I remember the very first time I heard this track. It was an instant hit. The kind of track you have to play over and over again, because you just can’t get it out of your head.

CLICK HERE for a great article on Frankie Knuckles written by Michaelangelo Matos for Rolling Stone Magazine

Photo Source: www.mojo4music.com


Fromagerie du Champ à la Meule

A few weeks ago I had the opportunity to visit Fromagerie du Champ à la Meule located in Notre-Dame-De-Lourdes in Quebec's Lanaudière region. Magali, one of my co-workers, who happens to be the niece of Martin Guilbault owner of the Fromagerie, had organised for a few of us from work to visit their premises. Although it was a very early morning departure from Montreal, it was necessary for us to arrive early at the fromagerie, to view all the various processes involved in their cheese-making.

Fromagerie du Champ à la Meule

On the day of our visit we had the good fortune of witnessing the fabrication of three of Fromagerie du Champ à la Meule's cheeses; Laracam, a soft washed rind cheese, les Métayères, a semi-soft washed-rind cheese and Le Joliette a raclette type cheese.

Fromagerie du Champ à la Meule has recently undergone some major equipment upgrading to facilitate various cheese-making tasks and to allow them to increase the production of their cheeses as they are now selling their products across Canada.

Fresh raw cow milk from neighbouring farms is delivered first thing in the morning. Then, 3000 litres of milk is pumped into a huge vat where the milk undergoes thermisation. This process is similar to pasteurisation but uses lower temperatures allowing the milk to keep more of its original taste. For thermisation; the milk is heated at temperatures of around 57–65 °C (145–149 °F) for 15 seconds. For pasteurisation; the milk is heated at 72 °C (160 °F) for 15 seconds.

The vat is getting filled with the cut milk curds and whey.

Starter culture and milk-clotting enzymes are then added to the milk in order to be able to coagulate the milk to form a more custard-like mass. The cutting process is done in the large vat as it is equipped with blades; this cuts the milk mass into small pieces to begin the process of separating the liquid (whey) from the solid (curds). This cheese-making process solidifies the milk proteins and fat into a solid curd.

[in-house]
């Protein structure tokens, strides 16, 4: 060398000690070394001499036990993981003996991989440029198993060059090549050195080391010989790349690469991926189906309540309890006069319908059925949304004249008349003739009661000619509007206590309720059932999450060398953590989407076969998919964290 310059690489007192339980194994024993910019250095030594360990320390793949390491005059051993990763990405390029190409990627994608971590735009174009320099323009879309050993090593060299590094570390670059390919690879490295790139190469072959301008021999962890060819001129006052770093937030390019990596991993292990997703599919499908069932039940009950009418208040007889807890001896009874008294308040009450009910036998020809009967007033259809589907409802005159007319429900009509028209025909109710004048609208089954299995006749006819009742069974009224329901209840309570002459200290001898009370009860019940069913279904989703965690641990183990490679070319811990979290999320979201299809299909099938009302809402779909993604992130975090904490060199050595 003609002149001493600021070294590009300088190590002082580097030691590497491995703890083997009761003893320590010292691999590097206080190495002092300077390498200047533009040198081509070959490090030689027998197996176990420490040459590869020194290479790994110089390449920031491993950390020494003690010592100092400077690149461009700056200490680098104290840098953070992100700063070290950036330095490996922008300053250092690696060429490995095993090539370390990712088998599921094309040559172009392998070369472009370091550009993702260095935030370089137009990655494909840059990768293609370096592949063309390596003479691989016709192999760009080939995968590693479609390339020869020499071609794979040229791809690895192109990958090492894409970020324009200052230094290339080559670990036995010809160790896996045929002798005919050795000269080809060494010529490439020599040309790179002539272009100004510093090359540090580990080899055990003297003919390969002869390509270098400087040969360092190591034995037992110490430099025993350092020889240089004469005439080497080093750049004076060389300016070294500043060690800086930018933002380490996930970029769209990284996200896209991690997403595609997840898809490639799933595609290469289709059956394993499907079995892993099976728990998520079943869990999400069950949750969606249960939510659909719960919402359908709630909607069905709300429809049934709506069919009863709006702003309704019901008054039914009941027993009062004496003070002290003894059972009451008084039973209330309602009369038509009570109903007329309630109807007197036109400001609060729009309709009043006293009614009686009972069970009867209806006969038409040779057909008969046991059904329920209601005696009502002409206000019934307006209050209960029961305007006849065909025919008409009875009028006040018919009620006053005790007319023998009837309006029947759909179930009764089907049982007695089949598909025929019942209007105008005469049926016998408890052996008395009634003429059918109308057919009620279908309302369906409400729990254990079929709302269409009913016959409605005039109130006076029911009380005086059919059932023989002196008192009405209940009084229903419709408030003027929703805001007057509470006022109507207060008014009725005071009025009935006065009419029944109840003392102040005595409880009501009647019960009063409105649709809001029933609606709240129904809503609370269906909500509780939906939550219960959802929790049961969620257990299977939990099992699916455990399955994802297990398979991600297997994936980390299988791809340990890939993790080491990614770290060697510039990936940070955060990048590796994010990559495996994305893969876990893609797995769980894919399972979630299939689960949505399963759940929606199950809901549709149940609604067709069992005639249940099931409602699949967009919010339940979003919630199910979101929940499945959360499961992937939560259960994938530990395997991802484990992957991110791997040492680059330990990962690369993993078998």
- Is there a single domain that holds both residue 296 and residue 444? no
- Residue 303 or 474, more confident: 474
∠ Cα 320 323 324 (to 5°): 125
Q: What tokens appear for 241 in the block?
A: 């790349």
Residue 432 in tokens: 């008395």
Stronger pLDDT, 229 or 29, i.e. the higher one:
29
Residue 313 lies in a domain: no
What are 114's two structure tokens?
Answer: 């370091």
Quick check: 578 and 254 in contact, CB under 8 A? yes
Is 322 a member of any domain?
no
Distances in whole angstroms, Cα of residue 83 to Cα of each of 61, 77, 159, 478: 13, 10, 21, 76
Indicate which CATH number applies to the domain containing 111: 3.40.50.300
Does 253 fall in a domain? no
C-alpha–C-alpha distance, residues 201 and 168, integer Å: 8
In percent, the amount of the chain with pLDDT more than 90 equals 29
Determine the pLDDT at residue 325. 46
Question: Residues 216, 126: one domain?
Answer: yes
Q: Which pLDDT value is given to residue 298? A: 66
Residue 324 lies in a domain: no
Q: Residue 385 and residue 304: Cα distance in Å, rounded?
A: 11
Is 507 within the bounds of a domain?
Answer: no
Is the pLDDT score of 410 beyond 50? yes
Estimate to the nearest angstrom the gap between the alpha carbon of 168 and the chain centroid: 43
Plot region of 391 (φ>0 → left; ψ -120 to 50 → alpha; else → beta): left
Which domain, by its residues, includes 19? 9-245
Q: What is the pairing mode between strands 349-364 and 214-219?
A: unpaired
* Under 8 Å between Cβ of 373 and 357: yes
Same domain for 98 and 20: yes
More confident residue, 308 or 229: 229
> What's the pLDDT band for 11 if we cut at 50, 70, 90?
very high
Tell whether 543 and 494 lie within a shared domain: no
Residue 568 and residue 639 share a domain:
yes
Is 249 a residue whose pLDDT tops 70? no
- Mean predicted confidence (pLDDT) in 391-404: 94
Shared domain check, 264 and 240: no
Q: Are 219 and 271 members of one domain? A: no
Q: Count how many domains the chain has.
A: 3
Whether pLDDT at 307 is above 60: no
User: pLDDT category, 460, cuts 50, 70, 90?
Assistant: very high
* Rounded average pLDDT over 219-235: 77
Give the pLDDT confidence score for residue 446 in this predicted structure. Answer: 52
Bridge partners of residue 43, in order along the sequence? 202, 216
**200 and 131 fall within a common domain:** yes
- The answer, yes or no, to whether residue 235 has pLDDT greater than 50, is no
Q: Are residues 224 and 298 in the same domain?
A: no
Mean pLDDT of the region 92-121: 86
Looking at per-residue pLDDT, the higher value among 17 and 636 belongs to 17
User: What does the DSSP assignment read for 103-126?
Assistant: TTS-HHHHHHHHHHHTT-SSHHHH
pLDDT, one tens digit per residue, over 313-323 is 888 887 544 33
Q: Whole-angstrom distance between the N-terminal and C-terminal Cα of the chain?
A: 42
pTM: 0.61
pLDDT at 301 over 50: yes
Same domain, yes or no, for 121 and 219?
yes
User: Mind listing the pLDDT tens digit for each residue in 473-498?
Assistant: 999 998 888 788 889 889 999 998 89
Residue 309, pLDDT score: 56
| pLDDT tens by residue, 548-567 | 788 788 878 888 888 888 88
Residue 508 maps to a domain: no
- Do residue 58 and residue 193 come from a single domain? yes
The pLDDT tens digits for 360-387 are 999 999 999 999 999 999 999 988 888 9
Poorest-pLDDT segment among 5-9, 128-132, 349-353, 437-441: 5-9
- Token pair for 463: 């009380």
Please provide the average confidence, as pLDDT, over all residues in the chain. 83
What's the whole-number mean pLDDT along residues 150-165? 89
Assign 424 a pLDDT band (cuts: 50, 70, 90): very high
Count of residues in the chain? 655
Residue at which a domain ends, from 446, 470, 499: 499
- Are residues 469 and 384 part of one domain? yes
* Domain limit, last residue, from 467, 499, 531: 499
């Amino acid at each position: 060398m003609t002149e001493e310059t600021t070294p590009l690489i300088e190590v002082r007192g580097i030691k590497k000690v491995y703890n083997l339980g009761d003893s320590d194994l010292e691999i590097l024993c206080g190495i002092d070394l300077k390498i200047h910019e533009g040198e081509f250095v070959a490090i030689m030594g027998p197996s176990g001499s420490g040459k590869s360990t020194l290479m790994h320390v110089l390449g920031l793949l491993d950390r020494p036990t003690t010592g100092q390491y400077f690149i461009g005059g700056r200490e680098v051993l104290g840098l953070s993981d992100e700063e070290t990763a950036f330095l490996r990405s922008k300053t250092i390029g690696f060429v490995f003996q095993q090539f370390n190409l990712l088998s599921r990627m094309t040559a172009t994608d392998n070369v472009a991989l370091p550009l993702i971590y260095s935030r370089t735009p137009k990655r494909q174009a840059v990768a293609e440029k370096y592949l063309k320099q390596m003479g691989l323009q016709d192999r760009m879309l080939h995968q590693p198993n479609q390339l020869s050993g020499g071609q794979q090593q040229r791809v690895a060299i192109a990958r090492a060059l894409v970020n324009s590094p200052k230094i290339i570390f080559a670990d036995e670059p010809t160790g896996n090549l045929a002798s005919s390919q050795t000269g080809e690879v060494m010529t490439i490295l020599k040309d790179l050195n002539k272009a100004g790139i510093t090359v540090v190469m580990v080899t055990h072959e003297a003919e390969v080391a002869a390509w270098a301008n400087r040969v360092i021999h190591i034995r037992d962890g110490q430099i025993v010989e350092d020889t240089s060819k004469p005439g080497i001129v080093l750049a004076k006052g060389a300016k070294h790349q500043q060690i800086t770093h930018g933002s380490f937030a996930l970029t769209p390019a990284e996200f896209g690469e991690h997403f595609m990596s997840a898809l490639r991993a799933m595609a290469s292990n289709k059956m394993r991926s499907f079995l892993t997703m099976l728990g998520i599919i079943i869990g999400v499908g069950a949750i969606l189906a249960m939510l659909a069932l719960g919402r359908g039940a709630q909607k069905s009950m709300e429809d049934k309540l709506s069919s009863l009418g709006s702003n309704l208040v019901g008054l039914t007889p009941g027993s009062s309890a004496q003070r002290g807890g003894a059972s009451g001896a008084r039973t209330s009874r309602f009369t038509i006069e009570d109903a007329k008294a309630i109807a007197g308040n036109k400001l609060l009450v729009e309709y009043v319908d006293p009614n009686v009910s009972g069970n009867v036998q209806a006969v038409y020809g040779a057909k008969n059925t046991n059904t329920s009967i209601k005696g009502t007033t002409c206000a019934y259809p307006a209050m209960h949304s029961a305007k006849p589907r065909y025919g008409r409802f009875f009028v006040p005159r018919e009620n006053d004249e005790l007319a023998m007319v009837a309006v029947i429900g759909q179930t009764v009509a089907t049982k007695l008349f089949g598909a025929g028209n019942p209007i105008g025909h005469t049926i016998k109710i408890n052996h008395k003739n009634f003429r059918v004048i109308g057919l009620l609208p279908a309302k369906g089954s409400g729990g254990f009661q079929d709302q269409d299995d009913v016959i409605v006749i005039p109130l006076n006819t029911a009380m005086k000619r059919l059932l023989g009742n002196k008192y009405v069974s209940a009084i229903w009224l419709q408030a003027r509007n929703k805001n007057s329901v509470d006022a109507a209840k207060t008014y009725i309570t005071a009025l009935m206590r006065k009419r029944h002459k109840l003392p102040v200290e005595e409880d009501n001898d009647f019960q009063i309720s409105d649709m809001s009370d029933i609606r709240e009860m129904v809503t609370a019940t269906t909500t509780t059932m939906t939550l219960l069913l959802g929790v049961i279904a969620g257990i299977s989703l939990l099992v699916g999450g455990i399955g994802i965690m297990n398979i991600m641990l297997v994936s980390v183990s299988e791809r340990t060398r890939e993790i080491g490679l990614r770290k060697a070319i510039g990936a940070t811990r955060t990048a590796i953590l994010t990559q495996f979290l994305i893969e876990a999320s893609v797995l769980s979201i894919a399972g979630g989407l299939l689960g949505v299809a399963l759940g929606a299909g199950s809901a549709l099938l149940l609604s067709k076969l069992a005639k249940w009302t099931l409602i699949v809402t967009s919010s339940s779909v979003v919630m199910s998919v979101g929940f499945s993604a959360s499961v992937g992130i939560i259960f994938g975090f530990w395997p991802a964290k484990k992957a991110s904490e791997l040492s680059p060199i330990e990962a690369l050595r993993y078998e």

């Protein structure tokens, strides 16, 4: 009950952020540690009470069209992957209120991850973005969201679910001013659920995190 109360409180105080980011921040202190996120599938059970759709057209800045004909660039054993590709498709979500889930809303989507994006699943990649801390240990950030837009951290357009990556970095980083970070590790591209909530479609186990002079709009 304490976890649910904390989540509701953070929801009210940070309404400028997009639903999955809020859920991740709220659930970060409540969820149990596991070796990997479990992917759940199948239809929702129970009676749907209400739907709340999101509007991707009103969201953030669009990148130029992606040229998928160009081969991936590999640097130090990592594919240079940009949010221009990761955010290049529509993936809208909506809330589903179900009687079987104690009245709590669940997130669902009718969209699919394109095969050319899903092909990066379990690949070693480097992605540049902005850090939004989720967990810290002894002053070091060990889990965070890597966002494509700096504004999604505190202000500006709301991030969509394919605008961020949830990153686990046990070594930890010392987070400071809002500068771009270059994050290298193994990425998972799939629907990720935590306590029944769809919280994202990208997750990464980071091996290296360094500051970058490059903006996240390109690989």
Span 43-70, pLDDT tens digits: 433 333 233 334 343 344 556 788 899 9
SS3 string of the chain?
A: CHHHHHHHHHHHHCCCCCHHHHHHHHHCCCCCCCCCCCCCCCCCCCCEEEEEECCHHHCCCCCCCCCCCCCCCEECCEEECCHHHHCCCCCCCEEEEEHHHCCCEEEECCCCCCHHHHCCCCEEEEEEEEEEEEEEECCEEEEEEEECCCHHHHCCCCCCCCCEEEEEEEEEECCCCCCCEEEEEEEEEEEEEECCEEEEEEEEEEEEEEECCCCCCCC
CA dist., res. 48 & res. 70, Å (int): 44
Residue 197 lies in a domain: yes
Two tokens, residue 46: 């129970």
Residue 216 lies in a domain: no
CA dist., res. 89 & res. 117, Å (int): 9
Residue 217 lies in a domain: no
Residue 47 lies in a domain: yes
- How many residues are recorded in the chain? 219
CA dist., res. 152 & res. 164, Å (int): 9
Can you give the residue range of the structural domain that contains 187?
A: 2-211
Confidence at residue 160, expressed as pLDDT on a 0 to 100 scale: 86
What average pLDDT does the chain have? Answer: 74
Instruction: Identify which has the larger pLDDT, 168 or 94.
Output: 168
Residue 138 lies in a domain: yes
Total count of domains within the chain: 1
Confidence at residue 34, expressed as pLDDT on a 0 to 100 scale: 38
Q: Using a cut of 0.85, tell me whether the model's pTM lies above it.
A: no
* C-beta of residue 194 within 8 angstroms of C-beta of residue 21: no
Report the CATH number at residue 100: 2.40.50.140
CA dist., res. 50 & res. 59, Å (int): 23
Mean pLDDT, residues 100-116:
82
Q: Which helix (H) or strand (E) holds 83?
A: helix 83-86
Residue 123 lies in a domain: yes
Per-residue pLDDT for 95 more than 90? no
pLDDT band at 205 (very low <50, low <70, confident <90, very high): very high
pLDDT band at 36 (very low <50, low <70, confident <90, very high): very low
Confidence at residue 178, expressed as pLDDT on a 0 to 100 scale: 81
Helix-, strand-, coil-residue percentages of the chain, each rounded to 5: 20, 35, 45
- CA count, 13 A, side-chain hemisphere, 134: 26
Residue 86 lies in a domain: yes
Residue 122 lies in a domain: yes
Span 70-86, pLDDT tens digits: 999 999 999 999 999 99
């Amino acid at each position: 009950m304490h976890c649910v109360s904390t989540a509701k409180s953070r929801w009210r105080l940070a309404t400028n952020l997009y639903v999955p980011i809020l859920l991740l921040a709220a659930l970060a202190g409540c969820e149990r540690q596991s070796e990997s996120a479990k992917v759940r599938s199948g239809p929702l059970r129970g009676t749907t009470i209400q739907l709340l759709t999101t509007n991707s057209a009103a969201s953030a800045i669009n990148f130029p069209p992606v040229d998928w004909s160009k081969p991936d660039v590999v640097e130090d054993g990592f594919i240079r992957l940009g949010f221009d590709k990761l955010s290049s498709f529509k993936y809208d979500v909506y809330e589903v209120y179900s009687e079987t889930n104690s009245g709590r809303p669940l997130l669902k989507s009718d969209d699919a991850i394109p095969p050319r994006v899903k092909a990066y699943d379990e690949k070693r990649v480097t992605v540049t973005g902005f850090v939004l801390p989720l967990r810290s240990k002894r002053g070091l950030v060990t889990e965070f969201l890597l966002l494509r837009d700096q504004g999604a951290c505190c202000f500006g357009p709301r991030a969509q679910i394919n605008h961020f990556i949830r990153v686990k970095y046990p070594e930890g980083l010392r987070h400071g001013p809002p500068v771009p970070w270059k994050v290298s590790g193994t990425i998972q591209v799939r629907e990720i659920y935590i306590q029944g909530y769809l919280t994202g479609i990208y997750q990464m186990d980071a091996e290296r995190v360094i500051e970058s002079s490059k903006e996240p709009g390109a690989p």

Checking temperature and firmness of the curd

The curd is now the right firmness to make cheese.

Once the desired temperature and firmness of the curd is achieved, the whey is then drained off; leaving a tightly formed curd that is then cut and transferred into their appropriate forms. These forms or cheese molds are designed with holes to allow the whey to drain from the curd.

Laracam cheese is getting molded.

The firm curd is pressed and cut.

Les Metayères cheese molds are being filled with the pressed curd.

For the pressed cheeses (Les Métayères & Le Joliette), the cheese molds are aligned on a belt and this allows them to press several molds at once.  A light pressing is done at first to allow the remaining whey to escape and then the forms are pressed more severely to solidify the cheese.

Les Metayeres and Joliette molds are being pressed.

Le Joliette gets wrapped before it continues to drain overnight.

The cheese is then left to continue draining overnight and then removed from their forms to be brined by immersing them in a saturated salt solution which will help the rind of the cheese to be formed. The rind’s function is to protect the interior of the cheese and allow it to ripen simultaneously.

Laracam cheese in affinage.

The cheese wheels are then left to dry and mature in a controlled environment where the temperature and humidity play an important part in the affinage stage.  The length of time the cheeses are aged varies from the different types and will also determine the quality and flavour of the cheese being produced.

Salle d'affinage containing Les Metayères and Victor & Berthold wheels.

If you are ever in the Lanaudière area, I suggest you stop by to visit the Fromagerie du Champ à la Meule and stock-up on some great cheese.

Fromagerie du Champ à la Meule
3601 rue Principale, Notre-Dame-de-Lourdes, Qc J0K1K0
Tel. (450) 753-9217

Read more on Les Métayères